In the August 2017 issue of The Great Outdoors, you’ll find my latest backpacking feature, entitled Chased by Storms. Here’s the lowdown on my route through the Pyrenees along with some extra photos and notes.
My July 2016 trip to the Pyrenees was a first for me – my first trip to a European mountain range outside the Western Alps or Norway. I’d originally pondered a complete thru-hike of the 500-mile Haute Route Pyrenees from Atlantic to Mediterranean, but had to curb my ambitions when I sat down and figured out how much time I actually had. A section hike would have to do.
It was a great trip, but also a challenging one. In my feature I explore how backpacking is never a completely positive experience; how pressures, challenges and worries erode the sense of pure enjoyment on the trail.
Click here to download a copy of my GPX file for the route, compatible with your GPS or mapping application of choice.
Although my intention was to stick to the line of the HRP, a combination of mountain thunderstorms and a lingering stomach bug led to me diverting down the easier (and lower) GR11 towards the end of the trip. I used the GR10 to access the trail from Cauterets. This hybrid approach is quite feasible in the Pyrenees, where difficult HRP sections can be avoided if necessary.
Cauterets is a good base for approaching the central section of the Pyrenees west of Andorra. The mountains are fantastic in this area and I moved spellbound through an alpine landscape of snow-clad peaks, meadows and forests that seemed like the best of the Alps to me, but on a more amenable scale and with a little more wildness. The great thing about the Pyrenees is that no glaciers intrude on passes; while glaciers must sometimes be trodden to tackle the highest peaks, the long-distance walker can thread every col on the range without worrying about crevasses.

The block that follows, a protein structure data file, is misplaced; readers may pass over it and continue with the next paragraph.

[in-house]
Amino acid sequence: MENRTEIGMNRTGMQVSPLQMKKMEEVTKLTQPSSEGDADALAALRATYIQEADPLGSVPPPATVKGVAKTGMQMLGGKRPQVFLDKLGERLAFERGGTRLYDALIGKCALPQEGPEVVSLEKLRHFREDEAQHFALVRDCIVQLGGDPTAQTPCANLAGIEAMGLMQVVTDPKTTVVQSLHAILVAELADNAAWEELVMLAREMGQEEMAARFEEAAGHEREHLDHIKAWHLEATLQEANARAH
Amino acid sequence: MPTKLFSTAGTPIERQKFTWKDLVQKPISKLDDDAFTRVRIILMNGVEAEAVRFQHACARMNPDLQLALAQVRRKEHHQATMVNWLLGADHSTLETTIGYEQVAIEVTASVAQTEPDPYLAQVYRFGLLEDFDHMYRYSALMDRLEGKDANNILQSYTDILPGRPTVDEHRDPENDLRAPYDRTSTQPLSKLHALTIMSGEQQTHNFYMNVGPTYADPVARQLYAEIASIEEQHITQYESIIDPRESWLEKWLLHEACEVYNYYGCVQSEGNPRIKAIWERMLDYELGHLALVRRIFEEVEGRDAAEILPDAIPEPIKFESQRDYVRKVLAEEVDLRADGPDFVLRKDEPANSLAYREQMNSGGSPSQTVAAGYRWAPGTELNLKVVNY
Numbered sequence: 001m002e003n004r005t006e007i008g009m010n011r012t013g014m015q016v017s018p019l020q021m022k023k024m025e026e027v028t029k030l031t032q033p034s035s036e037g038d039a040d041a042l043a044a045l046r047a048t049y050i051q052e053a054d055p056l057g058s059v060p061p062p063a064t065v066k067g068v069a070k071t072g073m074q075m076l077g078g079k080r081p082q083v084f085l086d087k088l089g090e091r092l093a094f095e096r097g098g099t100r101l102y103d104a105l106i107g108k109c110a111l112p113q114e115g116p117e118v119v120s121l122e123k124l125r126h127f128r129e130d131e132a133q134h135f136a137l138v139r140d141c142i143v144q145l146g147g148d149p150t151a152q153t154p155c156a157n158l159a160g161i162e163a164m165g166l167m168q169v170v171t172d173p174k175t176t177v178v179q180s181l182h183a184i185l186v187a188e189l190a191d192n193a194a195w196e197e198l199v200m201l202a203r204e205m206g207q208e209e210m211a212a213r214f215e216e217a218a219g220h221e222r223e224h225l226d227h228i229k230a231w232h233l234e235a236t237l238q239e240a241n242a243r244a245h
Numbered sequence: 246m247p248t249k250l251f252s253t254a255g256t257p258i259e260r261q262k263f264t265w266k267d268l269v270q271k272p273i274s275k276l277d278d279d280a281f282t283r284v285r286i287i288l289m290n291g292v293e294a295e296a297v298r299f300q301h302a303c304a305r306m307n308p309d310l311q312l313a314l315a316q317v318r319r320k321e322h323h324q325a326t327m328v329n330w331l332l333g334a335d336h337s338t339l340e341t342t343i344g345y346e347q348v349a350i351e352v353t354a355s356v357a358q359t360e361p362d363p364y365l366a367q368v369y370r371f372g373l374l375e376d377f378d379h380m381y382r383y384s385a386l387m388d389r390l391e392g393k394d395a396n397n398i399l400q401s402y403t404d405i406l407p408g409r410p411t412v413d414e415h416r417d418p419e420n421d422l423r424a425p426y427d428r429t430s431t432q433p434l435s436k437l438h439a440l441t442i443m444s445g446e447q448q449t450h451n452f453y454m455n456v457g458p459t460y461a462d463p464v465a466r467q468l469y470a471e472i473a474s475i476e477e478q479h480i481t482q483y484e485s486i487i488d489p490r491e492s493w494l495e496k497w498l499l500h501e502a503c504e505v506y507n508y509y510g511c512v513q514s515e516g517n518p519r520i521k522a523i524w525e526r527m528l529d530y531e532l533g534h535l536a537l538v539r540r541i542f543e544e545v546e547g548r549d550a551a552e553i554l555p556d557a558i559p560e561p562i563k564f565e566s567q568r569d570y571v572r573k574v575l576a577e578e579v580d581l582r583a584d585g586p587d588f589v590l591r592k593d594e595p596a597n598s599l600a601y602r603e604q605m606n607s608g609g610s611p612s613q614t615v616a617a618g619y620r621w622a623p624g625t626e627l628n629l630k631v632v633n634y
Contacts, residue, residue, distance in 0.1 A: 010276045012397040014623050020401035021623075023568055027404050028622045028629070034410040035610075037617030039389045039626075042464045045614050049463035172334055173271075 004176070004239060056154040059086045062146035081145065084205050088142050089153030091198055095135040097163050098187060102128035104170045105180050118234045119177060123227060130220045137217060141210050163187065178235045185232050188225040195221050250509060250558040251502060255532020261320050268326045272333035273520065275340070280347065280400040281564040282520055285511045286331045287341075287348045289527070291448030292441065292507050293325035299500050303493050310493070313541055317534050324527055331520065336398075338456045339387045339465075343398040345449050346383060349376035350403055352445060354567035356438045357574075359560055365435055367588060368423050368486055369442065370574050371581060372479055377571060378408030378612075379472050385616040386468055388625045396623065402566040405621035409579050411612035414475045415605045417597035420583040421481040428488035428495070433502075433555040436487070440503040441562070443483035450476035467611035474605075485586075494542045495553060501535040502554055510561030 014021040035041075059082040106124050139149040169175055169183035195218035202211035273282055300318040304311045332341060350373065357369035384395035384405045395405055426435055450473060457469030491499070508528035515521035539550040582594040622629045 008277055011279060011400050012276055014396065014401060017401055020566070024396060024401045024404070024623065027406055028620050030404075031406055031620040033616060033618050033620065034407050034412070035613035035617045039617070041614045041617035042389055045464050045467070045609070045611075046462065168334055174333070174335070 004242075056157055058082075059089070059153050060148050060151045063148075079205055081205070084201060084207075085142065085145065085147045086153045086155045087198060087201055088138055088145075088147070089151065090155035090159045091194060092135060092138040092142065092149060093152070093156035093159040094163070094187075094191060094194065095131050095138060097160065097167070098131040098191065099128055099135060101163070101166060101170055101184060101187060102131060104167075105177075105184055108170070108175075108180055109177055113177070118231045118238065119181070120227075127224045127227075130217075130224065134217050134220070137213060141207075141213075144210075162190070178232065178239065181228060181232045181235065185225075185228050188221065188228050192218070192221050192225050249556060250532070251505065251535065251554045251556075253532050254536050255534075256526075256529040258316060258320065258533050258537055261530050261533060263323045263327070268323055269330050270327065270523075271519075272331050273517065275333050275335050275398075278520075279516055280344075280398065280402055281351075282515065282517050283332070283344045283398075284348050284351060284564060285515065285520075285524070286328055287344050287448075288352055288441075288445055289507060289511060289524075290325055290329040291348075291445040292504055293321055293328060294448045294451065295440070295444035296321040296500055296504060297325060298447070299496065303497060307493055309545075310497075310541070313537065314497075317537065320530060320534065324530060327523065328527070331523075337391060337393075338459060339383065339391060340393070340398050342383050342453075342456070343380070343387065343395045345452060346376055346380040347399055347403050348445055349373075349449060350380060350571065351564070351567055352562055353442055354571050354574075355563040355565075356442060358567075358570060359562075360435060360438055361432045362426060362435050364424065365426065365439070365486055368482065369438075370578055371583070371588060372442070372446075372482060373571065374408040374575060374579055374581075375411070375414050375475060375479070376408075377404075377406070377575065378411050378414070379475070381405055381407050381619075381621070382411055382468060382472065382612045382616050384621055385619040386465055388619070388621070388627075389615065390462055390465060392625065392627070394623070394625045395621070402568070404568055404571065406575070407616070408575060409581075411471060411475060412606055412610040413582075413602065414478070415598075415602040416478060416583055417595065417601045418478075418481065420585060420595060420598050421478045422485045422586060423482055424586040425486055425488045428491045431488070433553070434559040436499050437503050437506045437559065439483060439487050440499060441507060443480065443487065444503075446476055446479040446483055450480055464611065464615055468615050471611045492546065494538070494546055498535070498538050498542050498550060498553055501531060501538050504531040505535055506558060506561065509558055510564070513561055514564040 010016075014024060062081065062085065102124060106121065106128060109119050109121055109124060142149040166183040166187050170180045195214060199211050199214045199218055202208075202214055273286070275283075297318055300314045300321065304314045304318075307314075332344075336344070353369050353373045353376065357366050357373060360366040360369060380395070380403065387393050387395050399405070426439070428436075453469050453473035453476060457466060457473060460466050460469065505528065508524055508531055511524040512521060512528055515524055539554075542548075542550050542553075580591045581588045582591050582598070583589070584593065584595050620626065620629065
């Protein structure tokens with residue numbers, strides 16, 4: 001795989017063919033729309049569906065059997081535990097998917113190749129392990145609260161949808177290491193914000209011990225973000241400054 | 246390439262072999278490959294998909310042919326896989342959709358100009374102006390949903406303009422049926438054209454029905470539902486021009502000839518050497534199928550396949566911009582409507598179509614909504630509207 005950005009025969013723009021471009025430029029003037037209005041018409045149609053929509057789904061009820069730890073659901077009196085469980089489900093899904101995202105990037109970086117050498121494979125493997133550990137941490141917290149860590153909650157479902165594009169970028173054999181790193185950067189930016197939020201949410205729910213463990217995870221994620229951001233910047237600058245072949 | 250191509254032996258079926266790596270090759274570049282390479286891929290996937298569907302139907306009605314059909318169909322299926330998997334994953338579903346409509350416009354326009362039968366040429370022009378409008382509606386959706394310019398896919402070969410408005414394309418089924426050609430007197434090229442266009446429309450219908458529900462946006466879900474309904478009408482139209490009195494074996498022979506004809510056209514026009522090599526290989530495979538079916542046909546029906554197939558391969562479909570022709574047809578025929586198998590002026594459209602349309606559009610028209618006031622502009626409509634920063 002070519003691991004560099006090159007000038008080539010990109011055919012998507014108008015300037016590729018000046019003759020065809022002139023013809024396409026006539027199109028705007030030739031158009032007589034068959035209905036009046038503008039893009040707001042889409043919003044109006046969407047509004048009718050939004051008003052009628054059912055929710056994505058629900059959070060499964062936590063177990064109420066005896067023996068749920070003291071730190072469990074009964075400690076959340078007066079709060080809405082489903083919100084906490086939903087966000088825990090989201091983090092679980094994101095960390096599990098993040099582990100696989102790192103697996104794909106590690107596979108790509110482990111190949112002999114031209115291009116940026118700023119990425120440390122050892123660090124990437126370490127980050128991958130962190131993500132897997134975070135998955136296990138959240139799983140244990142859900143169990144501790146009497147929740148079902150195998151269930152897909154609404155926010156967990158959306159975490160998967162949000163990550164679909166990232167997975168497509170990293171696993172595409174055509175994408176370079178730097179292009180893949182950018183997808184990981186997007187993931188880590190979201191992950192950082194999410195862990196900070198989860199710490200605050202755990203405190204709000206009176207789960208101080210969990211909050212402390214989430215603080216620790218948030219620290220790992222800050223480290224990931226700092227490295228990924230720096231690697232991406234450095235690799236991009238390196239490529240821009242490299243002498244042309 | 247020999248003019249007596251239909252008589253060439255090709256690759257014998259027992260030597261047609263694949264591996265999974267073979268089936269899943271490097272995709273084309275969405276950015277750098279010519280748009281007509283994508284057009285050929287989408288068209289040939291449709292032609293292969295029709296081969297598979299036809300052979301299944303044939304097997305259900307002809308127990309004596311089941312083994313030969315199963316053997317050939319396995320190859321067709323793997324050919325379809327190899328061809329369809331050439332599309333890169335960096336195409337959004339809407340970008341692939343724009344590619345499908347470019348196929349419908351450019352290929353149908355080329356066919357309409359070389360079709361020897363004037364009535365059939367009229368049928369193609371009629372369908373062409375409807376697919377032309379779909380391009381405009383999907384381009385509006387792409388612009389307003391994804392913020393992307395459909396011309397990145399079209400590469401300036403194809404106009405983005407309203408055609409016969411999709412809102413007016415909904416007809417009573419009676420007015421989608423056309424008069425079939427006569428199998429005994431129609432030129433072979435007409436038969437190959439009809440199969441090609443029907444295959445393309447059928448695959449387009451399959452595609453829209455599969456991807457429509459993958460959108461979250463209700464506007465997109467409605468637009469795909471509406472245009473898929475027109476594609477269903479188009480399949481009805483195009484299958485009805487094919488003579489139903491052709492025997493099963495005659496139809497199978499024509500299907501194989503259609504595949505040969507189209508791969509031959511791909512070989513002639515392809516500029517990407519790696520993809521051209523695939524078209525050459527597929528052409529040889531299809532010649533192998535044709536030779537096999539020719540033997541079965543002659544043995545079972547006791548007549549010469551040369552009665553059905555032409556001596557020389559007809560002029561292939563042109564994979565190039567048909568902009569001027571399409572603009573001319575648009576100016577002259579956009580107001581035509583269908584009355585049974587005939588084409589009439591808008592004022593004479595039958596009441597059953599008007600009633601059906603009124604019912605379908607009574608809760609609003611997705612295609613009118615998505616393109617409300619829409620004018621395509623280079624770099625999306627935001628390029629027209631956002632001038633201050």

I joined the HRP just before the magnificent Vignemale section, where I met a wizard (read the article!) and then continued on to Gavarnie, a touristy but photogenic small town on the French side of the border. While a day on the HRP doesn’t require the insane amount of ascent that you’d need to follow a similar distance through the great chain of the Western Alps, the terrain is still steep enough, and the heat adds an extra layer of challenge if you aren’t used to it.
As I approached Andorra, and my route stuck more and more to the Spanish side of the range, the mountains became drier and less resembled the Alps I knew so well. In places the landscape resembled my mental image of the Sierra Nevada: arid peaks rising through blue heat from pine forests, perhaps crowned with a few dying glaciers. Apocalyptic thunderstorms chased me through this section and led to me skipping some of the higher, exposed bits of the HRP itself, playing it safe with the GR11 instead.
I had no difficulty wild camping on my route. In some areas wild camping is restricted to between 19.00 and 07.00. I took my Trailstar, which was ideal for protection from torrential rain during thunderstorms. You’ll find more remarks on gear in my feature. This was my first outing with the poncho tarp as my sole item of rain gear and my impressions were mixed.
My first visit to a new mountain area is often cautious, tentative, as I learn its peculiar characteristics. This time was no exception and I know I’ll be back with an even lighter pack, improved knowledge, a firmer plan, and fitter legs.